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globulin

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Hey, I've heard the score report says the MEAN is 215 and the standard deviation is 21. But you can't really correlate that to a percentile rank, can you? Don't you need the median score to do that? So if someone scores a 236, that doesn't necessarily mean they're percentile rank is 68% which is 1 SD. right? Because the mean could be higher or lower than the median. Anyway, so do they give a median score or what? Thanks.
 

globulin

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I was rethinking my previous post. I guess if the mean is 215 and the SD is 21. Then that means 68% of people fall between 194 and 236. Which then means that 32% would either be below 194 or above 236 which means that 16% would be higher than 236 which correlates to 84% percentile. however, then I was thinking, that should only work with median scores, right? It can't work with mean scores because theoretically you could have 9 people getting a score of say 250 and higher and one person getting a score of 10. So that person who got a 10 would lower the mean even though almost everyone got higher than the mean. So basically what I guess I'm trying to get at is am i right or what in that you can't figure out your percentile score with just the mean and SD? And if I am, does the USMLE give you the median score so you can figure it out? I'm so not articulate and can't explain myself and this post is too analytical and dorky. I apologize if your cerebrum exploded while reading this.
 

TXSPE

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Globulin- I think you are correct in that you can approximately figure out your percentile rank with mean and SD. Assuming you beat the mean by one SD, then yes you would roughly be in the 85% percentile. This is assuming a normal distribution (not skewed) because if it is a normal distribution mean=median=mode. The mean changes every year, and according to the USMLE website it is usually between 200-220, with most scores between 160-240. If this is correct than a mean of 215 is not a normal distribution (it is positively skewed). Unfortunately, in 1999 NBME stopped reporting percentile scores because of differences in ranges of scores among different examination dates. I hope this helps
 

gims

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<a href="http://psych.colorado.edu/~mcclella/java/normal/normz.html" target="_blank">http://psych.colorado.edu/~mcclella/java/normal/normz.html</a>
 
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southerndoc

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Remember, means and SD's are only estimates of central tendency. You can only get an approximate percentile and never an exact one.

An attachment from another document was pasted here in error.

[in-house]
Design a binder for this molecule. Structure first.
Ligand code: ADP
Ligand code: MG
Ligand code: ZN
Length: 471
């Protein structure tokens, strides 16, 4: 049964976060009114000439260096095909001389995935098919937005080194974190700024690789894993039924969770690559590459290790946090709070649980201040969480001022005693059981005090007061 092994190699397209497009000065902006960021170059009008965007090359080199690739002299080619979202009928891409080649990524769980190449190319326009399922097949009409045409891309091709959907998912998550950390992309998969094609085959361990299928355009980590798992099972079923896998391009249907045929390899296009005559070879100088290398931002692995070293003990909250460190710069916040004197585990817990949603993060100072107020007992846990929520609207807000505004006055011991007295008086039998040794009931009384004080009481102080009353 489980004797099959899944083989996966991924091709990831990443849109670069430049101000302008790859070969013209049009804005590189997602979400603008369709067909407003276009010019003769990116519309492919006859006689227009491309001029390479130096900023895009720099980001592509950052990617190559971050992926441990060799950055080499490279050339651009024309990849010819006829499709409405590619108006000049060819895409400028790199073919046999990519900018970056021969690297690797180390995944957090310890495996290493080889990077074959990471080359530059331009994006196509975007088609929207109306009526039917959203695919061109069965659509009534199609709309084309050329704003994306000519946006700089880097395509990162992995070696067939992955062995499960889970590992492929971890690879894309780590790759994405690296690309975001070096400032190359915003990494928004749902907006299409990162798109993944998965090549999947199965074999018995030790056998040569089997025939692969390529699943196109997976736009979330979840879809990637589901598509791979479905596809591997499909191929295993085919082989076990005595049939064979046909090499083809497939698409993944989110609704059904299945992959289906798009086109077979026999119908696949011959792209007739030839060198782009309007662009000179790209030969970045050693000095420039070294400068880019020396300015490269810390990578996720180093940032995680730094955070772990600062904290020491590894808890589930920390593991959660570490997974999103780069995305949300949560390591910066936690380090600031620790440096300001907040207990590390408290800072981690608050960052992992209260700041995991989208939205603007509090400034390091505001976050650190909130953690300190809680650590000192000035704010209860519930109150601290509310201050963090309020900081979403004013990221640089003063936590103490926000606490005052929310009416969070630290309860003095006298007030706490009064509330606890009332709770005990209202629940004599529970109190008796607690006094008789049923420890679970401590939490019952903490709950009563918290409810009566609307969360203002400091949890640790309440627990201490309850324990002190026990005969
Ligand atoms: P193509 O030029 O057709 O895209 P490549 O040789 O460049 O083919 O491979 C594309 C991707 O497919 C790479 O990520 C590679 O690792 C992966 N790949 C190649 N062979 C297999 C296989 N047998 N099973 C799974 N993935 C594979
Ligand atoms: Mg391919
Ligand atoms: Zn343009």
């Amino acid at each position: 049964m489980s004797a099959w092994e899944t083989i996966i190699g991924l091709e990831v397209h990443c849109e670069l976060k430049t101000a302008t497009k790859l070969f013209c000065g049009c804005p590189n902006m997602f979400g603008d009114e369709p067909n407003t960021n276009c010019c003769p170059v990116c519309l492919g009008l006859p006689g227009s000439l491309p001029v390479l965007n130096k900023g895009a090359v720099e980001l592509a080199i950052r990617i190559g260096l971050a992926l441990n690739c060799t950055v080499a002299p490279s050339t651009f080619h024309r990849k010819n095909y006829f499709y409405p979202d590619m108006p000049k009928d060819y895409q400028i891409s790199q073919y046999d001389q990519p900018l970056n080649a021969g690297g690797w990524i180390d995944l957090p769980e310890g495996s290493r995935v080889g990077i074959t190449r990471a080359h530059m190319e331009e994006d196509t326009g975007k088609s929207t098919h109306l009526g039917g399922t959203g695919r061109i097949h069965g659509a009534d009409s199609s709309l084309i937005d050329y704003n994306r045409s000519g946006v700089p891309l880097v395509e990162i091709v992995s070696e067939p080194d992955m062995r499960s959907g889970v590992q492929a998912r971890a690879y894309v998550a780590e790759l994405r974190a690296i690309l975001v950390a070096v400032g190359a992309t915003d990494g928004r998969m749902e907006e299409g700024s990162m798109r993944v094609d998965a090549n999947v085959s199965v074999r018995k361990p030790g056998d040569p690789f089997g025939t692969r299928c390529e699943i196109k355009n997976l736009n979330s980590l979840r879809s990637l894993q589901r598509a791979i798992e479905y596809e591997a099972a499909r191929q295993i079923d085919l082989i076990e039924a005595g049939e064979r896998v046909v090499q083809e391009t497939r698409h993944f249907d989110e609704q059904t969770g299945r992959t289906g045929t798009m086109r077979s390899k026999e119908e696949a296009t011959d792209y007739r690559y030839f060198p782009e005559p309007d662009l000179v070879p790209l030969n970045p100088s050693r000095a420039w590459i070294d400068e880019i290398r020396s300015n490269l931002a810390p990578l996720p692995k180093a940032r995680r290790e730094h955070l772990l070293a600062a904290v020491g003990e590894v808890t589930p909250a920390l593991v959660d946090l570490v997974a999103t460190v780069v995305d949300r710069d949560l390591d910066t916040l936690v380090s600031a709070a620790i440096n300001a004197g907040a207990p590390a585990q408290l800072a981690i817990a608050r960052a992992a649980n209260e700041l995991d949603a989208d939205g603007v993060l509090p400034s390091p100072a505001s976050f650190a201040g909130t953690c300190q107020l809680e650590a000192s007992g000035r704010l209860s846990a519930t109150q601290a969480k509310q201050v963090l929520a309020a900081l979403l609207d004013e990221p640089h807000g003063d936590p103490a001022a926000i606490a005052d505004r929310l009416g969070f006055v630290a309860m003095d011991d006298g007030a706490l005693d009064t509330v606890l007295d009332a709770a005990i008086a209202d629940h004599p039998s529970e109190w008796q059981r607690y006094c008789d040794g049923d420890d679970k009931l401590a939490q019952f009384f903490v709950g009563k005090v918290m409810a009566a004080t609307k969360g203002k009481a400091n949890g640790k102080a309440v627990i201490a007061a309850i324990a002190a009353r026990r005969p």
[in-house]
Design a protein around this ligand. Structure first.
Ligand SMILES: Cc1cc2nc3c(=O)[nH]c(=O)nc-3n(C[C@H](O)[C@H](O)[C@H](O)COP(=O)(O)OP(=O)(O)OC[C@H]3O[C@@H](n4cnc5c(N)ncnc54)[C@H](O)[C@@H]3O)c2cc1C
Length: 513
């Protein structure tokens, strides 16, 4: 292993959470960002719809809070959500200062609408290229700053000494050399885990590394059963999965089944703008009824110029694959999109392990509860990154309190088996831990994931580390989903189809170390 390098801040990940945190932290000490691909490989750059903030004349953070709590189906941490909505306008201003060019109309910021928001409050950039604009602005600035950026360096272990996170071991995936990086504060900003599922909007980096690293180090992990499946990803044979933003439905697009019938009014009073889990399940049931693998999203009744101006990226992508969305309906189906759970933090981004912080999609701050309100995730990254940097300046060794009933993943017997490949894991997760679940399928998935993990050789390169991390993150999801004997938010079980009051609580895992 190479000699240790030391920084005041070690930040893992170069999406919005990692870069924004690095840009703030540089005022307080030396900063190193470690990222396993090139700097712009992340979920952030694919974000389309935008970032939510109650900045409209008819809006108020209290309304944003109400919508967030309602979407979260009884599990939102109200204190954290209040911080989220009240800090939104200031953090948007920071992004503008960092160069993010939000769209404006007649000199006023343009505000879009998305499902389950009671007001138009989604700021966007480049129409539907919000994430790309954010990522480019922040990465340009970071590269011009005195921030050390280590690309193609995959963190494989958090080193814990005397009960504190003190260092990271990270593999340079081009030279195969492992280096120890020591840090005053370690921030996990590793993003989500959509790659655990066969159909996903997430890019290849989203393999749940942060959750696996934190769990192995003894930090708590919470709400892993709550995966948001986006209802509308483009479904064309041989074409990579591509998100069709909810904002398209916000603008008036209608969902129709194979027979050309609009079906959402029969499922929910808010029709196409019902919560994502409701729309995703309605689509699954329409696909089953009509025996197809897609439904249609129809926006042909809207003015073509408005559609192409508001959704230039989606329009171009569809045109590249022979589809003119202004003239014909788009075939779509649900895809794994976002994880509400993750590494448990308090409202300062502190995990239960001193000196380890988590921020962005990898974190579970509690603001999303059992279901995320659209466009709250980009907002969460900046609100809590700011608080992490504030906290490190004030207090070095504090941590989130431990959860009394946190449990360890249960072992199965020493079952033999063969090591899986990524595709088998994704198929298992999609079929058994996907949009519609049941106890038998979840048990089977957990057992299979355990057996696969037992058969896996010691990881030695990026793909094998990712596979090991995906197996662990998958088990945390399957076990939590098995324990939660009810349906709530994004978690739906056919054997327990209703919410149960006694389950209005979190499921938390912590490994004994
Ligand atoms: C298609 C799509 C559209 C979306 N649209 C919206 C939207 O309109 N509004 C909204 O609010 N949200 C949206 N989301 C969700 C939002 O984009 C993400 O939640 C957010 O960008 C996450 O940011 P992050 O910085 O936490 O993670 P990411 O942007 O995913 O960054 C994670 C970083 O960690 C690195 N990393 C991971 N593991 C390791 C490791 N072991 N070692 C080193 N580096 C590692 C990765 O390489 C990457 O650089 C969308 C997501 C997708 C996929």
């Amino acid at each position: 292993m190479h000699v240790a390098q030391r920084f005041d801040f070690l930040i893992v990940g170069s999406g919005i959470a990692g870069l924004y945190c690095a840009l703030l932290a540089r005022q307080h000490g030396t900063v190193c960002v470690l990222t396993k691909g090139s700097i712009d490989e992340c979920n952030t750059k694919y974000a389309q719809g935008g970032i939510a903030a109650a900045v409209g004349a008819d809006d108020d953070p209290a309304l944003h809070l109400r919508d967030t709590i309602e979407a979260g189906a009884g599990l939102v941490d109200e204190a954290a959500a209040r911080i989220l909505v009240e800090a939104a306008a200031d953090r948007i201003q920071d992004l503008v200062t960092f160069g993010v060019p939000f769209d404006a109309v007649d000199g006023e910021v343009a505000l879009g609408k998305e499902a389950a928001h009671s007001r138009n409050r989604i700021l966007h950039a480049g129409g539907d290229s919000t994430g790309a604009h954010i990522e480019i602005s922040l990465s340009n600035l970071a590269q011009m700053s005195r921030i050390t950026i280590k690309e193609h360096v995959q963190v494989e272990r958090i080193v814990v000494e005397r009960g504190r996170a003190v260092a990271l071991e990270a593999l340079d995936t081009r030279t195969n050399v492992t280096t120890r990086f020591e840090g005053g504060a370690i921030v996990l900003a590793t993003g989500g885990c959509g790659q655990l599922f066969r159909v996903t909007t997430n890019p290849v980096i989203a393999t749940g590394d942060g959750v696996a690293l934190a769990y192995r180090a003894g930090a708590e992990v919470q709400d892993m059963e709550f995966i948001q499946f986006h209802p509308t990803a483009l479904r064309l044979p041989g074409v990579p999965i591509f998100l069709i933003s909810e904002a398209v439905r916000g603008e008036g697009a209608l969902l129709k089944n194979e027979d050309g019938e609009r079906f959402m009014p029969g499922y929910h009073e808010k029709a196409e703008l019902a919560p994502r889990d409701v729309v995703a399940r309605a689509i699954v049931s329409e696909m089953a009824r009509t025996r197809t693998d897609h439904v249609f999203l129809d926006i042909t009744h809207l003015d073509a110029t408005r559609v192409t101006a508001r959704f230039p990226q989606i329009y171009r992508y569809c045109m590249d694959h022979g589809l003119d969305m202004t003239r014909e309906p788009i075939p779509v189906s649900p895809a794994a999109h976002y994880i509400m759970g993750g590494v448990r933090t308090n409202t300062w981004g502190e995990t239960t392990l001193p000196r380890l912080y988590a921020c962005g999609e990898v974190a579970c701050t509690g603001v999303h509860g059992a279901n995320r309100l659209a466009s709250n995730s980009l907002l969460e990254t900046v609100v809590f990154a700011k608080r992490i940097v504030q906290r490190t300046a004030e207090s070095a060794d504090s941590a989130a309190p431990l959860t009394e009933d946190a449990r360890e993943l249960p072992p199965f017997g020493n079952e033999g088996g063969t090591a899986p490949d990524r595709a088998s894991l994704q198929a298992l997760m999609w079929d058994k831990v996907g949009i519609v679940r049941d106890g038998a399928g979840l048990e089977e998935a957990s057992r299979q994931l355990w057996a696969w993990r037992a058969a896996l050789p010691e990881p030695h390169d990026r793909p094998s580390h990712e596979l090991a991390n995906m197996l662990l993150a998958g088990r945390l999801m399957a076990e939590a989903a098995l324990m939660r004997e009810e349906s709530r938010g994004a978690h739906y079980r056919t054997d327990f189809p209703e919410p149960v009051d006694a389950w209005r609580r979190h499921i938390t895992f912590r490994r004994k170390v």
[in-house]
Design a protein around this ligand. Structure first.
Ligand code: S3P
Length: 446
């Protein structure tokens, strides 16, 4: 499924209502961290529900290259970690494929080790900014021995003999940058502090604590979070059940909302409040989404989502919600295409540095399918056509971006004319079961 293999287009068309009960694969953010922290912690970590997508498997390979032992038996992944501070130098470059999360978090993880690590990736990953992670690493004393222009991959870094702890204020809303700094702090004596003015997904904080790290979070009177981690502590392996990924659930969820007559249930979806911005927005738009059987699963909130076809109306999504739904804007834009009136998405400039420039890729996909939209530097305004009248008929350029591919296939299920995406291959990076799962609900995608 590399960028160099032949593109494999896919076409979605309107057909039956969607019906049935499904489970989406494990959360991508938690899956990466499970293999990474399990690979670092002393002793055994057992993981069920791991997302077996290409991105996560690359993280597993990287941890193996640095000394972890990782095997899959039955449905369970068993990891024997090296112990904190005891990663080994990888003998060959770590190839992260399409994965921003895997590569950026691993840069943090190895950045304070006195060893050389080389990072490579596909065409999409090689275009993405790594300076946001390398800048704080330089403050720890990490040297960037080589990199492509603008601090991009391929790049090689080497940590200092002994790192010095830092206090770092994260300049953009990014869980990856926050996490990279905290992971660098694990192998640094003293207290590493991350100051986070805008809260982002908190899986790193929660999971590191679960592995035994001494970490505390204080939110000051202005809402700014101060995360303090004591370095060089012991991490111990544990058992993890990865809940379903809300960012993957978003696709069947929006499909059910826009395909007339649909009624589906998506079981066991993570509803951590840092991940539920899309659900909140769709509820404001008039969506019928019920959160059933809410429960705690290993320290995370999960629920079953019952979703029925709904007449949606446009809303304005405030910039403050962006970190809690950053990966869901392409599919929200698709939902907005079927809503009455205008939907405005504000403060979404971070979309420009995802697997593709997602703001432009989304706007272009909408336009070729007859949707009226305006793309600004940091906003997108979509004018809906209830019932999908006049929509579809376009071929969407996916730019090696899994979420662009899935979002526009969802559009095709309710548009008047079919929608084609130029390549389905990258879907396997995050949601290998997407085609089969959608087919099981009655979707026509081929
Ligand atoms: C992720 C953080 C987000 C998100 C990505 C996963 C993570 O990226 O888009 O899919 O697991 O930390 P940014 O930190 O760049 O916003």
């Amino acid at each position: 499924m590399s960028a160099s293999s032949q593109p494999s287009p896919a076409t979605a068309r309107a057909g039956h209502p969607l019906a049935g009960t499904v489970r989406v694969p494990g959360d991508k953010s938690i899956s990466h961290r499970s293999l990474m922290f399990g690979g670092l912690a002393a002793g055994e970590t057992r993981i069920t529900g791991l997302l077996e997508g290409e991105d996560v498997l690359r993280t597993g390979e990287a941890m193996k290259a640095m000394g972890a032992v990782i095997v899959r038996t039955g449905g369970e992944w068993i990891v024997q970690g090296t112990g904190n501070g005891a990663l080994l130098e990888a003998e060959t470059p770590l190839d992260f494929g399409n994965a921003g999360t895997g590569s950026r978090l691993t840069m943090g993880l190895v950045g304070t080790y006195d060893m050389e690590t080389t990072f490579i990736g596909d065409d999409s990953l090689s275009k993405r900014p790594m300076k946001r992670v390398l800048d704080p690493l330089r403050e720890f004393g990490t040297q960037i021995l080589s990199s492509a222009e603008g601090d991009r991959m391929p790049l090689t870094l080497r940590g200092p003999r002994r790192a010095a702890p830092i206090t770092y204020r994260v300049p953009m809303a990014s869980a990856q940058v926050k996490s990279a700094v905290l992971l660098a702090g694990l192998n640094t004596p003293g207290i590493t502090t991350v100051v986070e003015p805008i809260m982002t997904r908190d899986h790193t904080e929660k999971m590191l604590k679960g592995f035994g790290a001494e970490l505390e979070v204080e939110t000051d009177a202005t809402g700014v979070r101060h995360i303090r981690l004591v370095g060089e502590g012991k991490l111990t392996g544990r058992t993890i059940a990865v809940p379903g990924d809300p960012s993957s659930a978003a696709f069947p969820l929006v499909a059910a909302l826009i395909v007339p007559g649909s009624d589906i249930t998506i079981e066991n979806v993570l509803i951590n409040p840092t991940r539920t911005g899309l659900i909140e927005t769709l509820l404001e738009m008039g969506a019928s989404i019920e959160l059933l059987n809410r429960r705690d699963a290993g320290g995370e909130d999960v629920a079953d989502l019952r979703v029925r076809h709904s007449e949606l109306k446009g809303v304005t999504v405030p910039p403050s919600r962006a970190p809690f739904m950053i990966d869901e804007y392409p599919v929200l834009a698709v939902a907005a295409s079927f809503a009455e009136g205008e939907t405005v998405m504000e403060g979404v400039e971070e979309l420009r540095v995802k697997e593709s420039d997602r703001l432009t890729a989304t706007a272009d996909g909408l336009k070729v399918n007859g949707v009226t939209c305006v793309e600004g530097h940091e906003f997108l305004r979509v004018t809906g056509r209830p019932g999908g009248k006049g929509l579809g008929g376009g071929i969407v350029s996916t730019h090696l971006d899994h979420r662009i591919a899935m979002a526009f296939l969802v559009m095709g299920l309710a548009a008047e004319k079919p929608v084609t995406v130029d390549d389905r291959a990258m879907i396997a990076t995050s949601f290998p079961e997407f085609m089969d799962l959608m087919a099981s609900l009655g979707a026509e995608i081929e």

However, keep in mind that the scenario you describe (a lot of high scores and one score at 10) would create a smaller standard deviation.

The mean and the standard deviation will give you a good approximation of your rank. Are you familiar with Z tables? If so, then you can figure out your exact percentile approximation (e.g., instead of just saying that you're in the top 16%, you could use a Z table to find that you are in the top 11%, etc.).
 

Kluver Bucy

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Who says the USMLE has a normal distribution? If you had a group take an IQ test, took the top 2% of those and had them take another IQ test, you'd expect a similar distribution: a wedge. Granted, med student selection and USMLE scores aren't direct measures of intelligence, but they're not random samples of the general population either.

•••quote:•••Originally posted by gims:
•<a href="http://psych.colorado.edu/~mcclella/java/normal/normz.html" target="_blank">http://psych.colorado.edu/~mcclella/java/normal/normz.html</a>•••••
 

globulin

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Thanks TXSPE for your quick and very helpful reply. You confirmed what I had thought. Thanks again.

•••quote:•••Originally posted by TXSPE:
•Globulin- I think you are correct in that you can approximately figure out your percentile rank with mean and SD. Assuming you beat the mean by one SD, then yes you would roughly be in the 85% percentile. This is assuming a normal distribution (not skewed) because if it is a normal distribution mean=median=mode. The mean changes every year, and according to the USMLE website it is usually between 200-220, with most scores between 160-240. If this is correct than a mean of 215 is not a normal distribution (it is positively skewed). Unfortunately, in 1999 NBME stopped reporting percentile scores because of differences in ranges of scores among different examination dates. I hope this helps•••••
 

Grohaila

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•••quote:•••Originally posted by Kluver Bucy:
• If you had a group take an IQ test, took the top 2% of those and had them take another IQ test, you'd expect a similar distribution: a wedge. •••••Of course, that's assuming no variability within tests (an individual doing poorer or better due to fatigue or luck) and between tests (folks improving their test-taking proficiency to different degrees and tests being different in themselves).

All things considered, your wedge would be smoothed out towards a gaussian...
:cool:
 
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